Is this, then, the last word about the Veda? Or, and this is the idea I write to suggest, is it not rather the culmination of a long increasing & ever progressing error? The theory this book is written to enunciate & support is simply this, that our forefathers of early Vedantic times understood the Veda, to which they were after all much nearer than ourselves, far better than Sayana, far better than Roth & Max Muller, that they were, to a great extent, in possession of the real truth about the Veda, that that truth was indeed a deep spiritual truth, karmakanda as well as jnanakanda of the Veda contains an ancient knowledge, a profound, complex & well-ordered psychology & philosophy, strange indeed to our modern conception, expressed indeed in language still stranger & remoter from our modern use of language, but not therefore either untrue or unintelligible, and that this knowledge is the real foundation of our later religious developments, & Veda, not only by historical continuity, but in real truth & substance is the parent & bedrock of all later Hinduism, of Vedanta, Sankhya, Nyaya, Yoga, of Vaishnavism & Shaivism&Shaktism, of Tantra&Purana, even, in a remoter fashion, of Buddhism & the later unorthodox religions. From this quarry all have hewn their materials or from this far-off source drawn unknowingly their waters; from some hidden seed in the Veda they have burgeoned into their wealth of branchings & foliage. The ritualism of Sayana is an error based on a false preconception popularised by the Buddhists & strengthened by the writers of the Darshanas,on the theory that the karma of the Veda was only an outward ritual & ceremony; the naturalism of the modern scholars is an error based on a false preconception encouraged by the previous misconceptions of Sayana,on the theory of the Vedas [as] not only an ancient but a primitive document, the production of semi-barbarians. The Vedantic writers of the Upanishads had alone the real key to the secret of the Vedas; not indeed that they possessed the full knowledge of a dialect even then too ancient to be well understood, but they had the knowledge of the Vedic Rishis, possessed their psychology, & many of their general ideas, even many of their particular terms & symbols. That key, less & less available to their successors owing to the difficulty of the knowledge itself & of the language in which it was couched and to the immense growth of outward ritualism, was finally lost to the schools in the great debacle of Vedism induced by the intellectual revolutions of the centuries which immediately preceded the Christian era.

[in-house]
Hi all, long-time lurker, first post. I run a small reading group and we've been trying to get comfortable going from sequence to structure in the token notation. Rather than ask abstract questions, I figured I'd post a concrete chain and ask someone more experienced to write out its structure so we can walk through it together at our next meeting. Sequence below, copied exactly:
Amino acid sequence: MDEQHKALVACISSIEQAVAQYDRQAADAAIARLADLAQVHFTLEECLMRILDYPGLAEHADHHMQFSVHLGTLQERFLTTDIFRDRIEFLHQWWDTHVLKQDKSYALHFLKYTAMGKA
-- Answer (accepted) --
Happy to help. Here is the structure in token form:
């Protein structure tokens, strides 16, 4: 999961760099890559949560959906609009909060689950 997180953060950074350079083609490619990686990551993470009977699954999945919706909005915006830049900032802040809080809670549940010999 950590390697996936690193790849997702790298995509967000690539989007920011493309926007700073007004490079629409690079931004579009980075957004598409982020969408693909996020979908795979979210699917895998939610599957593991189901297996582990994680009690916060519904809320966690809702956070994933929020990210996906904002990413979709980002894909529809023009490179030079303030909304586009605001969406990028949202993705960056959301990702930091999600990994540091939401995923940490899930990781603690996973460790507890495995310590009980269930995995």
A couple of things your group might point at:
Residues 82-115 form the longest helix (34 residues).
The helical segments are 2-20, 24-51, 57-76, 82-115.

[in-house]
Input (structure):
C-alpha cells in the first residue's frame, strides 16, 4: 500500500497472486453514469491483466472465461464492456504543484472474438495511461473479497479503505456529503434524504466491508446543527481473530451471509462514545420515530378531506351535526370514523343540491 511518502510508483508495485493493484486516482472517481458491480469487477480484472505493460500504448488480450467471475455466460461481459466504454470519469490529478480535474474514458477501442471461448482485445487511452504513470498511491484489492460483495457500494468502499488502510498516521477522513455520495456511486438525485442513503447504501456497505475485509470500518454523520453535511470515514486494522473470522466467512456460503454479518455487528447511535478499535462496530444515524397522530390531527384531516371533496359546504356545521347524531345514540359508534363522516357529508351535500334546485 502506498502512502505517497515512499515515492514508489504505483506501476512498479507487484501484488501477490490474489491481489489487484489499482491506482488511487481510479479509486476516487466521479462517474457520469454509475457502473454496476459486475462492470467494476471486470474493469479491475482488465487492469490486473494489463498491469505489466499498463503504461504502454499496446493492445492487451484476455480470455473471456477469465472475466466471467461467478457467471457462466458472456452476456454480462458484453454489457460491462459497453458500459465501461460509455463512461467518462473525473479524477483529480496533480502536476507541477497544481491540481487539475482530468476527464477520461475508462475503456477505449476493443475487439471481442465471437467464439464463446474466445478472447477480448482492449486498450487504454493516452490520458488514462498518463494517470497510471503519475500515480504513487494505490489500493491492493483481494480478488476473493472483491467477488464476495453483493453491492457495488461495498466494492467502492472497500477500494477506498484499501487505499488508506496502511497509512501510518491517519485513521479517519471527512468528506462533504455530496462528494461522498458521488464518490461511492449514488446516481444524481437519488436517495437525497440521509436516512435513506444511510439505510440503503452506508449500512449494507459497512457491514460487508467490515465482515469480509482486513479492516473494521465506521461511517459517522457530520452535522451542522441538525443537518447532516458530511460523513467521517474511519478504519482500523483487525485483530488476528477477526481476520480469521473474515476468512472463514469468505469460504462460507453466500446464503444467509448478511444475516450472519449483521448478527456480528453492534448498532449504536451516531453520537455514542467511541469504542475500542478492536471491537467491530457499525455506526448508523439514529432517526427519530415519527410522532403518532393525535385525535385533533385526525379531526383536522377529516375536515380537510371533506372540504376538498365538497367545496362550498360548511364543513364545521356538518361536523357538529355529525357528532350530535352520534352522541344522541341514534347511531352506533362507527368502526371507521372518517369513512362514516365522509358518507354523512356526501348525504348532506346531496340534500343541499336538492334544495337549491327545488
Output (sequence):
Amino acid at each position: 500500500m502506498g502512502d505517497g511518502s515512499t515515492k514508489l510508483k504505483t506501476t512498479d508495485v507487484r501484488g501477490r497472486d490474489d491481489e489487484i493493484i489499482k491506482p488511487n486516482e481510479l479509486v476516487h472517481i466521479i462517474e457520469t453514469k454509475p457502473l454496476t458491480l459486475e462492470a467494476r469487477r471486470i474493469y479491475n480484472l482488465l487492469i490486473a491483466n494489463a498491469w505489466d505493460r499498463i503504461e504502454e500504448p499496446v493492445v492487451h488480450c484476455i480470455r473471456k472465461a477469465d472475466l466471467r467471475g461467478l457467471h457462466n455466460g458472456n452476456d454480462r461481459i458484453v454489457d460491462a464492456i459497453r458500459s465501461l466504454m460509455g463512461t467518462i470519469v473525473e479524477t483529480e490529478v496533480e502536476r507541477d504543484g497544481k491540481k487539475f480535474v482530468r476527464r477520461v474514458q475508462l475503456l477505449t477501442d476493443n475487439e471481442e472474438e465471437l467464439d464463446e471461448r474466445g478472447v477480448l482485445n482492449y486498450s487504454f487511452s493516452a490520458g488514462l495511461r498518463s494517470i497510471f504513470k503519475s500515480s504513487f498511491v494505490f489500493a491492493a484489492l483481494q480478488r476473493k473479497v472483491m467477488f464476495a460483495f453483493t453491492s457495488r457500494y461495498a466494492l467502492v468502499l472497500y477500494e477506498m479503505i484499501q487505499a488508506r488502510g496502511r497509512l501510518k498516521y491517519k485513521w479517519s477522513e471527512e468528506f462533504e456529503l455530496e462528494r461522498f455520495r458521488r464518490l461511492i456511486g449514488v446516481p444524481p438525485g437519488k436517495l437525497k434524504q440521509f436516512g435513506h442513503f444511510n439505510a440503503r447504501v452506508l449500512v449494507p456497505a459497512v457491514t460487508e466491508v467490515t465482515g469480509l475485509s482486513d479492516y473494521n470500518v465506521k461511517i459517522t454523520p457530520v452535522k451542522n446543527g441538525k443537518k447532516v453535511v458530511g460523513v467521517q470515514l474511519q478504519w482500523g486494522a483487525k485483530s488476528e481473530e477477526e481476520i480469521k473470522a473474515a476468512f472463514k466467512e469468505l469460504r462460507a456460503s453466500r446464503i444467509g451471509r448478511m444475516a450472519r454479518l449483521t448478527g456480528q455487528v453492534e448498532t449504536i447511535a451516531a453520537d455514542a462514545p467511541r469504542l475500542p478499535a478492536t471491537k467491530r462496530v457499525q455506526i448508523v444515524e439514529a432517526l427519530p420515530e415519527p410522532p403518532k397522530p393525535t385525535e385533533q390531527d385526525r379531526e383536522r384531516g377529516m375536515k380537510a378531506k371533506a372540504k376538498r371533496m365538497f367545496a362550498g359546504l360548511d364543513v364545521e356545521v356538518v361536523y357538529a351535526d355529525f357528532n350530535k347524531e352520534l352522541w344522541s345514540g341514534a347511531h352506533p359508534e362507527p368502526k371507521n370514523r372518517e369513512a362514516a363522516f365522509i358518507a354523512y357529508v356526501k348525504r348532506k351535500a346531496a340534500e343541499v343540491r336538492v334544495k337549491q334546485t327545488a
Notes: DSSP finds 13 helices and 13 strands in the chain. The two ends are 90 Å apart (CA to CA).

It is therefore a Vedantic or even what would nowadays be termed a theosophic interpretation of the Veda which in this book I propose to establish. My suggestion is that the gods of the Rigveda were indeed, as the European scholars have seen, masters of the Nature-Powers, but not, as they erroneously theorise, either exclusively or even mainly masters of the visible & physical Nature-Powers. They presided over and in their nature & movement were also & more predominantly mental Nature-Powers, vital Nature-Powers, even supra-mental Nature-Powers. The religion of the Vedic Rishis I suppose on this hypothesis to have been a sort of practical & concrete Brahmavada founded on the three principles of complex existence, isotheism of the gods and parallelism of their functions on all the planes of that complex existence; the secret of their ideas, language & ritual I suppose to rest in an elaborate habit of symbolism & double meaning which tends to phrase & typify all mental phenomena in physical and concrete figures. While the European scholars suppose the Rishis to have been simple-minded barbarians capable only of a gross & obvious personification of forces, only of a confused, barbarous and primitive system of astronomical allegories and animistic metaphors, I suppose them to have been men of daring and observant minds, using a bold and vigorous if sometimes fanciful system of images to express an elaborate practical psychology and self-observation in which what we moderns regard as abstract experiences & ideas were rather perceived with the vividness of physical experiences & images & so expressed in the picturesque terms of a great primitive philosophy. Their outward sacrifice & ritual I suppose to have been partly the symbols & partly the means of material expression for certain psychological processes, the first foundations of our Hindu system of Yoga, by which they believed themselves able to attain inward & outward mastery, knowledge, joy and extended life & being.